And, my friends, it was RIGHT about NOW that I started to hit some reality. And it totally messed with my head. And continues to mess with my head. Meet Sara, the Pregant Ironman who has no freakin' clue how to NOT follow a plan. It's quite sick, actually. :) Enjoy my floundering. I'm sure I'm not done yet.
For starters, here's what NOT to say to a room full of 9th graders in the computer lab, after a few students took the little balls out of the computer mouse and threw a few:
"That's enough. The next one I see gets a detention. I don't want to see ANY LITTLE MOUSE BALLS flying anywhere across this room."
*cue 15-year-old laughter*
Over the past few days, I've been getting my monthly Outside Magazine, Athleta Catalogue, and YogaLife. I can't help, as I flip through the pages, wondering what I'll be able to still do, and what I won't. I also can't help being a little scared of this: that there might be some things I can't do again--or at least for a very long time.
Backpack the Grand Canyon? Probably not. Not for a while at least. Thursday night yoga with my friends? Most likely on hold. Email on Friday--"meeting up for Happy Hour at such and such! Meet us there!"--OK! I'm so there! Not even a second thought! Probably gone.
I know that this seems pretty naive, to think I can try to predict what being a mother will be like, and what it will do to my life. I'm sure that next year at this time I'll probably laugh at all the things I thought I could...and could NOT do. I'm sure that some mothers out there are probably already laughing at my feeble attempts to predict the future.
I can't seem to help it...I'm a goal-oriented girl, after all. And the number one goal on my list at the moment?
Ironman Florida, 2008.
And this is starting to worry me a bit. Am I nuts? Can I do it? Probably. Do I want to? I think so.
Is that enough?
Why do I want this?
If I had to try and put it into words, I'd have to say I want it because the amazing emotional rush of the day, the romance and culmination of several years coming together, the feeling of being so alive and feeling so much gratitude and amazement and wonder all at once is hard to turn down. Especially, when you know, as I do, that I could do it even better.
I am certain, without a doubt, that I could take at least an hour, and more likely an hour and half, off my IM time in another go. I know this because I know myself. I know what happened that day, I know my strengths, I know my weaknesses, and I know what I'd do differently.
I knew what would happen in my second marathon, and it happened. And the second marathon was even more amazing than the first, for that reason. All my potential, all my hard work, all my sacrifice and dreams came true and 56 minutes were gone.
I know I could do this at another Ironman. I know it.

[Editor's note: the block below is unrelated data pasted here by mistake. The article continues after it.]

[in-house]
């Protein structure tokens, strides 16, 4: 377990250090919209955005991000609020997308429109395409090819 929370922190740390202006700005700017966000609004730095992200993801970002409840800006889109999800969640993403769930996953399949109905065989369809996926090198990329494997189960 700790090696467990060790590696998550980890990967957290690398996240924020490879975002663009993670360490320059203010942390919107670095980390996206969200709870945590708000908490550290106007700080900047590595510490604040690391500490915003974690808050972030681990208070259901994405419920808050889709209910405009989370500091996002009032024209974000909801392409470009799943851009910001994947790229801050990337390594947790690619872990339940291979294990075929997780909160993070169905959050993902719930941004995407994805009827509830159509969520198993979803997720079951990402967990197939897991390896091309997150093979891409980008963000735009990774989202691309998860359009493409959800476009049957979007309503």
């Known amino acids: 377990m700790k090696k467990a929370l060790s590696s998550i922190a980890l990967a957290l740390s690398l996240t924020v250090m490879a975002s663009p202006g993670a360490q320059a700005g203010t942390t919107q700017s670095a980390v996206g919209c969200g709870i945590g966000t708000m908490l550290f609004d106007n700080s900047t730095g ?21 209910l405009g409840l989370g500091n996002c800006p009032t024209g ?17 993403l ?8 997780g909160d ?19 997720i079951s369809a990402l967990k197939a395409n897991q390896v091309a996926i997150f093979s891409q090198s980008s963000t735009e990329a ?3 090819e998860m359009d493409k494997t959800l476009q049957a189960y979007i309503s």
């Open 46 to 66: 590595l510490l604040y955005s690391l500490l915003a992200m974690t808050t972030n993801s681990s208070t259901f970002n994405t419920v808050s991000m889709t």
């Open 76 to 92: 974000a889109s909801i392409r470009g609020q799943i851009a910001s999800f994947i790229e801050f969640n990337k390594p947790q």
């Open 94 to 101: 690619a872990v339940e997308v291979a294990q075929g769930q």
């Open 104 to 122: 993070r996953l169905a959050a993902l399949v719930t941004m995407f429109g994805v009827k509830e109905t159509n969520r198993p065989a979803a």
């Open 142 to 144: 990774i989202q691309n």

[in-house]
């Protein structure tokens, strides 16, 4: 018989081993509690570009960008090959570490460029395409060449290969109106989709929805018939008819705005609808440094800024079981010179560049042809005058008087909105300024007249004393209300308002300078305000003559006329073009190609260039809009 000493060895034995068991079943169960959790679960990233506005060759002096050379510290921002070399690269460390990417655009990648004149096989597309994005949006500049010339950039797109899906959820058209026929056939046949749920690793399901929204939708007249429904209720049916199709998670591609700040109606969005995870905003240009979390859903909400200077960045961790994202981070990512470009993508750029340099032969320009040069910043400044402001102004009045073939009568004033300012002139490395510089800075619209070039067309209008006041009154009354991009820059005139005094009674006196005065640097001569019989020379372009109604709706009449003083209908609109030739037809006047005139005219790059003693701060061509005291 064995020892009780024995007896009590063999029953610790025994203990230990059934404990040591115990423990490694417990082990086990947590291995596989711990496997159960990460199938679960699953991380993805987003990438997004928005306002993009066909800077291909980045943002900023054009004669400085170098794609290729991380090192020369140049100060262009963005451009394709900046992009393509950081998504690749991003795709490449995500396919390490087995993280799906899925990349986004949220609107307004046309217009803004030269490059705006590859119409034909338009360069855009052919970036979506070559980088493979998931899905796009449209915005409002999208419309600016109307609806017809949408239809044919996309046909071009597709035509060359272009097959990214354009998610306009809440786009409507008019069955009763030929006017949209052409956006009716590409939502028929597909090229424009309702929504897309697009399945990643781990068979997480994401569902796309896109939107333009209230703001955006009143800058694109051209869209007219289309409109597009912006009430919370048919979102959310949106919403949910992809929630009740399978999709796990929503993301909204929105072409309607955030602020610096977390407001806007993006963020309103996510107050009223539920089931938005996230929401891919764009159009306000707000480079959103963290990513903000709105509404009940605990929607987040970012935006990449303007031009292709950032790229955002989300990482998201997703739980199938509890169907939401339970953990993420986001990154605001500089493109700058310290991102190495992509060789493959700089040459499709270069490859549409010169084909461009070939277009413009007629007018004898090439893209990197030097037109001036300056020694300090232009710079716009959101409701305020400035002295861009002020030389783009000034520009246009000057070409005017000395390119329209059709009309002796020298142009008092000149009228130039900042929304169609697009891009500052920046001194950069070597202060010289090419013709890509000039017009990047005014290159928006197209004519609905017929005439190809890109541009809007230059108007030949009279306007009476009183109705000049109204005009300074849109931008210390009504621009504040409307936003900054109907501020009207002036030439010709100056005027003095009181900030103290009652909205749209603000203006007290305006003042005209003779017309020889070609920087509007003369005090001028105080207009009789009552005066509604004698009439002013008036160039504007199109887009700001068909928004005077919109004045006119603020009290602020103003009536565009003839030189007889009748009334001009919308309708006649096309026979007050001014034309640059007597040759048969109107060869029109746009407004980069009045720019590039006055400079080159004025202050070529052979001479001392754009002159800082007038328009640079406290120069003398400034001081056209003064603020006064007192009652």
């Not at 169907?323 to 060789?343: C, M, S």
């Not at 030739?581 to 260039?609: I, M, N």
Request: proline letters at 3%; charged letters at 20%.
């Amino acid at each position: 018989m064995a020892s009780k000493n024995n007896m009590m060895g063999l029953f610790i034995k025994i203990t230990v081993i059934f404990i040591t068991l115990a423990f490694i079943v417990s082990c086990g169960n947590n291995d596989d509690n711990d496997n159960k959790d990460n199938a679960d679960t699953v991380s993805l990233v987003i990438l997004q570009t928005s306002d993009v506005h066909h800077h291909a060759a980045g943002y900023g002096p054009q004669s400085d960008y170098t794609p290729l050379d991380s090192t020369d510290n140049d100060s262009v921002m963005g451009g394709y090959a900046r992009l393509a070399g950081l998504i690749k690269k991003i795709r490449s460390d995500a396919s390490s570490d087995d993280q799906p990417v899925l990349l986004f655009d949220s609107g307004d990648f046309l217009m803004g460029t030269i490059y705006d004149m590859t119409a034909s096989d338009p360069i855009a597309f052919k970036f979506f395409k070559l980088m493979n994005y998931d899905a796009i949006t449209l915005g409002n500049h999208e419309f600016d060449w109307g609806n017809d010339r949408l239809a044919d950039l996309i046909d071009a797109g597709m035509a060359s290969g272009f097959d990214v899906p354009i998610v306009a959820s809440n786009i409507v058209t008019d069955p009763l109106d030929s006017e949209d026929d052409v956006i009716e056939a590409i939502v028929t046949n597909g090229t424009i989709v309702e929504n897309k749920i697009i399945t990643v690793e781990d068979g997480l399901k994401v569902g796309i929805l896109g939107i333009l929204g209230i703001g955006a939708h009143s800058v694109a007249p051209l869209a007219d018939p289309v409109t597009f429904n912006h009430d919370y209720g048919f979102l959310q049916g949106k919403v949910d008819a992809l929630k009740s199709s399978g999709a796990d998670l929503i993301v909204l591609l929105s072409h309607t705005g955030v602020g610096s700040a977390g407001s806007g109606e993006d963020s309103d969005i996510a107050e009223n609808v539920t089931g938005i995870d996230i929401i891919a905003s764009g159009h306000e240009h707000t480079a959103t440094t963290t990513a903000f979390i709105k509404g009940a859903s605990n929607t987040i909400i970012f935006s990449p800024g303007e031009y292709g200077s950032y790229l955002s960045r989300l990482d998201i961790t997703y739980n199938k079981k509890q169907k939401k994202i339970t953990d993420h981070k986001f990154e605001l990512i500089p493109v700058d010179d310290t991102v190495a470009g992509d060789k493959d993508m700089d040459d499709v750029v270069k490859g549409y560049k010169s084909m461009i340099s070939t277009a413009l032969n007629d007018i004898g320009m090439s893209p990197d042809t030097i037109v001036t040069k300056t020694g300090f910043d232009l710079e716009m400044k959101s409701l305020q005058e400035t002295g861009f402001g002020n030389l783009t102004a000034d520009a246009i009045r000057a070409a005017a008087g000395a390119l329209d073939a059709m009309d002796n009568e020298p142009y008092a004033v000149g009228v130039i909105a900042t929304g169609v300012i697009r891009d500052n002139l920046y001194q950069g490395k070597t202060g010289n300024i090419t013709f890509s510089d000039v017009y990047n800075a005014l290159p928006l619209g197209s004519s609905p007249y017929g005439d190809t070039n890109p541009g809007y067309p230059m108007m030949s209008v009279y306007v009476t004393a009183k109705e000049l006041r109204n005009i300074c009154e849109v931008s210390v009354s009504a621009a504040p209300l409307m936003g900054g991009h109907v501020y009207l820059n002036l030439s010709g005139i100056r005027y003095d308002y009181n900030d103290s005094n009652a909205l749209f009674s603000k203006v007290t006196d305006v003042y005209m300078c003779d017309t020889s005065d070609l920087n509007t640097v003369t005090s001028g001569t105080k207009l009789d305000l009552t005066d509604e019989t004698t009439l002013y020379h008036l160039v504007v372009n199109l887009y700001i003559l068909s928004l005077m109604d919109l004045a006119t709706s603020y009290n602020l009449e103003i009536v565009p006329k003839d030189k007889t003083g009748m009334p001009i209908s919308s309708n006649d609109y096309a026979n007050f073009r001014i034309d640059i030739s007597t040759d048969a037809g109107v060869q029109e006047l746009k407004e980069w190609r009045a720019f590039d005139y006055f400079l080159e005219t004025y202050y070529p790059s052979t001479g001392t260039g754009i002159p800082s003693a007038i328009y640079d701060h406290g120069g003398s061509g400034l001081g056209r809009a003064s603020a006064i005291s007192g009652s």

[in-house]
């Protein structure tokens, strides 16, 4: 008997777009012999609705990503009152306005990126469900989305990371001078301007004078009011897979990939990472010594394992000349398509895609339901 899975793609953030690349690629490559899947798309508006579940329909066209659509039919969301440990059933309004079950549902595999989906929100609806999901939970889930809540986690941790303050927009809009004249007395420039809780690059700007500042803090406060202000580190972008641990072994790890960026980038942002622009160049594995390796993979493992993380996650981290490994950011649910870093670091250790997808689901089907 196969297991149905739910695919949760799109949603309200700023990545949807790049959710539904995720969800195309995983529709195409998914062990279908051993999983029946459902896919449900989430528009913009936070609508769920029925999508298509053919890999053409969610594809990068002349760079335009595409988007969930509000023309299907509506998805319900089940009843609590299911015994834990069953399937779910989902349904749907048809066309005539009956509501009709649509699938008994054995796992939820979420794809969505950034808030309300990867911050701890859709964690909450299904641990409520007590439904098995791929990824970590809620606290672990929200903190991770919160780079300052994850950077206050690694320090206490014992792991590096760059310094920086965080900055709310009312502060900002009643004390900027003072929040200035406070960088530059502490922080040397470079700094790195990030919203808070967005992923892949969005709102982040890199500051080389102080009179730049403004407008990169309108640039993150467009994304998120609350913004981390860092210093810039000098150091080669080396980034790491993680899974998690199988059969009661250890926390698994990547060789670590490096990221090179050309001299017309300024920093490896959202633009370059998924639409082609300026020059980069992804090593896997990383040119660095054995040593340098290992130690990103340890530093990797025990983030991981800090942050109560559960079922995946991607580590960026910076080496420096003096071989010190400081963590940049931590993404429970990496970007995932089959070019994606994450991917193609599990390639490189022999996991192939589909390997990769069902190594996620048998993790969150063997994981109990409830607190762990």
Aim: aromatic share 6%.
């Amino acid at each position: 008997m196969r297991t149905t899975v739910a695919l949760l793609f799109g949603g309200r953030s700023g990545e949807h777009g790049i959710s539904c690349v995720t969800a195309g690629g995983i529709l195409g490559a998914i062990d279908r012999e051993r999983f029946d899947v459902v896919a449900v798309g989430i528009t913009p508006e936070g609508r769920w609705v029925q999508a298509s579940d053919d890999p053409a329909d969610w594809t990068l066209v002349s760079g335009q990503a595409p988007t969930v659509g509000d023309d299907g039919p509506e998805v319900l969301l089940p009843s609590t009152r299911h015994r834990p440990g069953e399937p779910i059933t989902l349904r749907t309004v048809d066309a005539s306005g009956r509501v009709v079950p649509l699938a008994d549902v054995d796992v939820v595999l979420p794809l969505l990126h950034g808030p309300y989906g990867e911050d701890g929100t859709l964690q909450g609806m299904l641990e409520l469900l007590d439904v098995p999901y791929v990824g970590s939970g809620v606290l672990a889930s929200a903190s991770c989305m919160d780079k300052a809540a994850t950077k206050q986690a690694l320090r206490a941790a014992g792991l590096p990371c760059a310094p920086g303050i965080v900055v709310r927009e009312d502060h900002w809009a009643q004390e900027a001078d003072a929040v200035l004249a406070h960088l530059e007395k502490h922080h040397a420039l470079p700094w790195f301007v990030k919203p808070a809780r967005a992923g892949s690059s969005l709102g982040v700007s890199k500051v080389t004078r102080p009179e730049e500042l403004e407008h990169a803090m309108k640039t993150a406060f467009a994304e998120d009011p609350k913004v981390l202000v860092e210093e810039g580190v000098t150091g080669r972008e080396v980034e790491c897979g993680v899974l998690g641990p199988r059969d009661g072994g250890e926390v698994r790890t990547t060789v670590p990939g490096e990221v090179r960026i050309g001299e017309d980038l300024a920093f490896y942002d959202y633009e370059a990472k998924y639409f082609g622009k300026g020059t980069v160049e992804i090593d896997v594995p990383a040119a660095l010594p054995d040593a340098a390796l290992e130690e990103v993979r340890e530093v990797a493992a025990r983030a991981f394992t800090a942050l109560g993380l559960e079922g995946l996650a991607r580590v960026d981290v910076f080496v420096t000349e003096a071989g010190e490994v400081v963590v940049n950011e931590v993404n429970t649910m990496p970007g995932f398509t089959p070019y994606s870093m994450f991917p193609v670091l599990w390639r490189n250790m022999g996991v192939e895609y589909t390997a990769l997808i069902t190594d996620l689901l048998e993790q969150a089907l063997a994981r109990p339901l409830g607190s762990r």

So here's the quandry.
When is "just knowing" enough?
And when is "just knowing" being weak, and bowing out?
I am absolutely, 100% incapable of half-assing anything that I do. Anything. Ever.
I don' t know if I want to do another IM for the right reason. I said myself, over and over again this summer, how I didn't know how people did it with kids, with full time jobs, and everything else Ironmen do.
I'm going to have a baby.
A little person, completely dependent upon me and my husband. I can't possibly sit here and say I understand what I'm getting myself into here, because I know that I haven't got a clue.
I'm going to take on a very challenging position at work, teaching 3 classes of AP US History. I'm excited and also a little scared of this challenge--especially seeing as it is coming when I'm expecting my first child. It will be a HUGE change from what I'm used to.
I'm also a friend, a wife, a sister, an aunt, and a daughter.
My biggest fear is, if I took on another Ironman right away, I'd have to half-ass something. And I would hate that. I would hate every minute of that.
Maybe what's better for me right now is to accept that I might need to make a game time decision. That I will do IM #2 someday, when it's right, and not just as soon as possible so I don't "just know" and I "just do." Maybe that' s not the right reason.
I remember getting back to the car with Iron Johnny after a 2 hour hilly Hinckley run in 90 degree heat on a Sunday, after doing a 7 hour brick the day before. I remember laughing, as we high-fived each other (because we ALWAYS did when we finished a workout, no matter what), and saying, "If I ever, EVER complain about marathon training 'taking up too much time,' please smack me. Hard."
Maybe what's best is to "just" do 70.3s for a while, go for the sub-4 marathon, heck, go for the sub-23 minute 5K. Accept that Ironman is Ironman, and I know myself, and I already know that I respect the distance. There is no half-assing Ironman. And, for me, there's no half-assing life. Period.
Maybe it will just fit in when it fits in, and, much like it did the first time, Ironman will find me when I'm ready.